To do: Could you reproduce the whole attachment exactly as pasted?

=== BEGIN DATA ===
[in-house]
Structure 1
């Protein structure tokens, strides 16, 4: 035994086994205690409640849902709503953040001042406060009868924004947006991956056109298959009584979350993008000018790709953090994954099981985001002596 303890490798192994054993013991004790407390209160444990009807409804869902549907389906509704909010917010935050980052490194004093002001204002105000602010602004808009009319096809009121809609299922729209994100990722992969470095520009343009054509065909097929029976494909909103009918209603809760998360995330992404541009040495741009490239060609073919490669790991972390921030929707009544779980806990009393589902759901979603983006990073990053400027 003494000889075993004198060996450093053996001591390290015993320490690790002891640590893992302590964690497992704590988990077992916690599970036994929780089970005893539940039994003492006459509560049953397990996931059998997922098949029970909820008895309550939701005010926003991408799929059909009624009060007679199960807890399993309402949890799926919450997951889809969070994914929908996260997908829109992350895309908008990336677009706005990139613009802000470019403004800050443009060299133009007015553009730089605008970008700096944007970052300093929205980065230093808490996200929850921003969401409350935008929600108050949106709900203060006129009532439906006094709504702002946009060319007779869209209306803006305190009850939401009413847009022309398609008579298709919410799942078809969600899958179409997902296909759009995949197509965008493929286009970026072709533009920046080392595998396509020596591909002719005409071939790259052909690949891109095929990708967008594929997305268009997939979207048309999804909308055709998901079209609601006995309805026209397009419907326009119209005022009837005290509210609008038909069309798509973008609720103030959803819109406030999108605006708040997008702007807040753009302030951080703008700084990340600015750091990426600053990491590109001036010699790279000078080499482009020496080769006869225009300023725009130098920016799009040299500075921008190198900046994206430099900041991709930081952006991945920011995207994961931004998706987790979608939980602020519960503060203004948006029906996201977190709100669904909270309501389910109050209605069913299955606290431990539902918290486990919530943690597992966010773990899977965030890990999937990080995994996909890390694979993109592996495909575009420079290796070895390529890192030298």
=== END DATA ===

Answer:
[in-house]
Structure 1
């Protein structure tokens, strides 16, 4: 035994086994205690409640849902709503953040001042406060009868924004947006991956056109298959009584979350993008000018790709953090994954099981985001002596 303890490798192994054993013991004790407390209160444990009807409804869902549907389906509704909010917010935050980052490194004093002001204002105000602010602004808009009319096809009121809609299922729209994100990722992969470095520009343009054509065909097929029976494909909103009918209603809760998360995330992404541009040495741009490239060609073919490669790991972390921030929707009544779980806990009393589902759901979603983006990073990053400027 003494000889075993004198060996450093053996001591390290015993320490690790002891640590893992302590964690497992704590988990077992916690599970036994929780089970005893539940039994003492006459509560049953397990996931059998997922098949029970909820008895309550939701005010926003991408799929059909009624009060007679199960807890399993309402949890799926919450997951889809969070994914929908996260997908829109992350895309908008990336677009706005990139613009802000470019403004800050443009060299133009007015553009730089605008970008700096944007970052300093929205980065230093808490996200929850921003969401409350935008929600108050949106709900203060006129009532439906006094709504702002946009060319007779869209209306803006305190009850939401009413847009022309398609008579298709919410799942078809969600899958179409997902296909759009995949197509965008493929286009970026072709533009920046080392595998396509020596591909002719005409071939790259052909690949891109095929990708967008594929997305268009997939979207048309999804909308055709998901079209609601006995309805026209397009419907326009119209005022009837005290509210609008038909069309798509973008609720103030959803819109406030999108605006708040997008702007807040753009302030951080703008700084990340600015750091990426600053990491590109001036010699790279000078080499482009020496080769006869225009300023725009130098920016799009040299500075921008190198900046994206430099900041991709930081952006991945920011995207994961931004998706987790979608939980602020519960503060203004948006029906996201977190709100669904909270309501389910109050209605069913299955606290431990539902918290486990919530943690597992966010773990899977965030890990999937990080995994996909890390694979993109592996495909575009420079290796070895390529890192030298």